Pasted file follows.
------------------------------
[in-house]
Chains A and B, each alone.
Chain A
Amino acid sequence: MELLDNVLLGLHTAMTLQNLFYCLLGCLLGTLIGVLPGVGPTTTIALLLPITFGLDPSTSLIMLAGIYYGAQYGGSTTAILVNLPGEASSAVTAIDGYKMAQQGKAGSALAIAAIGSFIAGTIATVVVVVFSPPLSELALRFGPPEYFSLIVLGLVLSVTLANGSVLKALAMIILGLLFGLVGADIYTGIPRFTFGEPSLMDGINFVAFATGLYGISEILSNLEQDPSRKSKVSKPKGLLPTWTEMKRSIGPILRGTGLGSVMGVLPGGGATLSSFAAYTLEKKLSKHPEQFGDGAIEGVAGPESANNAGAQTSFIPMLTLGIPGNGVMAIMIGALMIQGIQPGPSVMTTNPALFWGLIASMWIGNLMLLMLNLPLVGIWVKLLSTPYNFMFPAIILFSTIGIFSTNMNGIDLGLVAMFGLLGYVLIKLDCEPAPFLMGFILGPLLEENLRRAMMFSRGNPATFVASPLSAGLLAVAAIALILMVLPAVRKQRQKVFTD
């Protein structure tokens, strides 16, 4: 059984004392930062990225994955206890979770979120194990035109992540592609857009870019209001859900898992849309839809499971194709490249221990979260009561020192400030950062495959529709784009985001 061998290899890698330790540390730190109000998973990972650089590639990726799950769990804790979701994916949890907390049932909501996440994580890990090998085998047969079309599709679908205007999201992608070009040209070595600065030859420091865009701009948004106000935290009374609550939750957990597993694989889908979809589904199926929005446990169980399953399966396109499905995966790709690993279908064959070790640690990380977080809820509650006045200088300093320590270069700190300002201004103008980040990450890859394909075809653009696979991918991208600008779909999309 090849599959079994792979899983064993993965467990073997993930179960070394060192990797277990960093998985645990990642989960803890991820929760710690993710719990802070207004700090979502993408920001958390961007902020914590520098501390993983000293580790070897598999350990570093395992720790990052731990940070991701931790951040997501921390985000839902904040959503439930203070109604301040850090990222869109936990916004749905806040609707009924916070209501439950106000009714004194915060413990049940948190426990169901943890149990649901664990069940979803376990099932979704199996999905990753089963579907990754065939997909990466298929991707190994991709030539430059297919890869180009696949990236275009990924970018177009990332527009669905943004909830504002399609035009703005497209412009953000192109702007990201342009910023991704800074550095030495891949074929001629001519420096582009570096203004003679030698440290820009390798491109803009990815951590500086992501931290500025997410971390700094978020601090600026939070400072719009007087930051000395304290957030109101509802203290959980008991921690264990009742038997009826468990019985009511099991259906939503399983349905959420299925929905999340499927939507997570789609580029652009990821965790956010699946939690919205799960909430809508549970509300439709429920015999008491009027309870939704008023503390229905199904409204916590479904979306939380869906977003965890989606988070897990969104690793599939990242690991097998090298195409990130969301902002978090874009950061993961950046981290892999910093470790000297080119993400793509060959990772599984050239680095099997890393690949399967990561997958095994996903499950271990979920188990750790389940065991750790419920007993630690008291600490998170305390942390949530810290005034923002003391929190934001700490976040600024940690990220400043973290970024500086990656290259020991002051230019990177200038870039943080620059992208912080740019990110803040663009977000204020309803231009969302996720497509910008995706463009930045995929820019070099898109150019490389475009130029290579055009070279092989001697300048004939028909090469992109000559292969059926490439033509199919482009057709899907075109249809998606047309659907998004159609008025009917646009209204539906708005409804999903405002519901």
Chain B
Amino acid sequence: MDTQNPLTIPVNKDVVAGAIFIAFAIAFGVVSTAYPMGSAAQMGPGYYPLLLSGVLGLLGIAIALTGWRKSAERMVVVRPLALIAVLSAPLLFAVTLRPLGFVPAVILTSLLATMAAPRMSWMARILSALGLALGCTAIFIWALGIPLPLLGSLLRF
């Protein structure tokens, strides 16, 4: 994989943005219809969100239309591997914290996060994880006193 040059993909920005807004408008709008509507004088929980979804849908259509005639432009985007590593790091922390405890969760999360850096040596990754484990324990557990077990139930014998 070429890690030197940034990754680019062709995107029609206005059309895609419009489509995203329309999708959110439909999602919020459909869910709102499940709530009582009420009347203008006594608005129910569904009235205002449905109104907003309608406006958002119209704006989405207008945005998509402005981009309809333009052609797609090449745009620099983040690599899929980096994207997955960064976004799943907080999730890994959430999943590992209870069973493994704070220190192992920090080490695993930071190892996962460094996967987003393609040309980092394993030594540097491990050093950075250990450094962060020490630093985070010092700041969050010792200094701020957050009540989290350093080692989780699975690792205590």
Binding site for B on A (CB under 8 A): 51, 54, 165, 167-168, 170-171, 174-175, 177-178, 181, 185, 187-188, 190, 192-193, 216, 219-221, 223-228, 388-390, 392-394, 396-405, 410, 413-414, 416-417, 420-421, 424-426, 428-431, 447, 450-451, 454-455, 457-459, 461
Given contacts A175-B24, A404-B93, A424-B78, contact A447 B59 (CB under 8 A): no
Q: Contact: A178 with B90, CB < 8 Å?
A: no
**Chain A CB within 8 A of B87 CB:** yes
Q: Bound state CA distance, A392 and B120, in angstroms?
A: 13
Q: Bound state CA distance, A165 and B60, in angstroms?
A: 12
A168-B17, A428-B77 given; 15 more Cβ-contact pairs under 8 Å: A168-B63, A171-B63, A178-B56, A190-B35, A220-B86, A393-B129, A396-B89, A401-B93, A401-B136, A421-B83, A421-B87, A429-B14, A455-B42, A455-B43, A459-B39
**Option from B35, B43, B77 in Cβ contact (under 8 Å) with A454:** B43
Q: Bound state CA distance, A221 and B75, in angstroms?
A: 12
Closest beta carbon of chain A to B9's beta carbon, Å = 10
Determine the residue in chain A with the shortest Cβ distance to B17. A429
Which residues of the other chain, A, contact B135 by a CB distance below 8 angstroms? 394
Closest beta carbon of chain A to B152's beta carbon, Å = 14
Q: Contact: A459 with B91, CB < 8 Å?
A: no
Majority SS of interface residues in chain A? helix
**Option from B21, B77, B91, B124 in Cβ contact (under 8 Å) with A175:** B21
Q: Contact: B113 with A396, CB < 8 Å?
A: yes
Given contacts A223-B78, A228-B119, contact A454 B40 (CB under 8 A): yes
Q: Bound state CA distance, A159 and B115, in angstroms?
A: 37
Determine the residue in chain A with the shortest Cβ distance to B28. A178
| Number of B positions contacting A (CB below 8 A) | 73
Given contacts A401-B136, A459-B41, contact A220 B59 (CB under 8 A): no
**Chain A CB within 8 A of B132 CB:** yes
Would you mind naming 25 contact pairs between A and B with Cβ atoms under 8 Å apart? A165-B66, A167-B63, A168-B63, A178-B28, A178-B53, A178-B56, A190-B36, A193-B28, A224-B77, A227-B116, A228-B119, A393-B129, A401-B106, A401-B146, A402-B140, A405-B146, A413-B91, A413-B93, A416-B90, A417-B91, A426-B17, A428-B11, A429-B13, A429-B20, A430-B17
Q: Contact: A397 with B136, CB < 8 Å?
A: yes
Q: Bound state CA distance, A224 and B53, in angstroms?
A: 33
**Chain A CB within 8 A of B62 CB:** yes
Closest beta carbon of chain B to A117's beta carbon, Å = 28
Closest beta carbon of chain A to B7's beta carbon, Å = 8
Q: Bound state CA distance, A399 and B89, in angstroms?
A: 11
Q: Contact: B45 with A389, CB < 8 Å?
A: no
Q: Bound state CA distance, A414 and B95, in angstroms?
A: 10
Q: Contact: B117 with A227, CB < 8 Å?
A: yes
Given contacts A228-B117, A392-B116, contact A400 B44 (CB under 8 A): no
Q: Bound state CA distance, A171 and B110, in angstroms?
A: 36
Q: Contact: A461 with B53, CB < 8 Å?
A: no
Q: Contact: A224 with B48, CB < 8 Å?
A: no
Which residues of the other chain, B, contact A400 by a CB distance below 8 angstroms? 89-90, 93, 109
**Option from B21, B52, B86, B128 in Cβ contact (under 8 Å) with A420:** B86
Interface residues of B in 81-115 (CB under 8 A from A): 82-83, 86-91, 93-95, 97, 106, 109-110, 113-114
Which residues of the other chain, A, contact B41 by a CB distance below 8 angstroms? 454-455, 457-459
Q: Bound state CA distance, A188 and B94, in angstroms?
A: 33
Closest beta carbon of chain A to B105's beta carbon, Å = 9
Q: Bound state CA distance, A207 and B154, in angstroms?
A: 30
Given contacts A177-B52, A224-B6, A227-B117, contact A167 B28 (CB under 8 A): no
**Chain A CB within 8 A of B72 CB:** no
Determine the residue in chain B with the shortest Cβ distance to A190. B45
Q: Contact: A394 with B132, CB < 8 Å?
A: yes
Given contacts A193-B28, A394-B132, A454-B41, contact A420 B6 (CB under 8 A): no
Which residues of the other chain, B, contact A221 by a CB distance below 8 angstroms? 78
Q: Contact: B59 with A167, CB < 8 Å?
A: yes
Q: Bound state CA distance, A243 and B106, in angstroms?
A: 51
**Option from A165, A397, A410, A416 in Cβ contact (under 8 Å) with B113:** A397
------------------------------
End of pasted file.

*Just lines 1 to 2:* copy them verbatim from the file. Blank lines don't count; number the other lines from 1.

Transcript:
[in-house]
Chains A and B, each alone.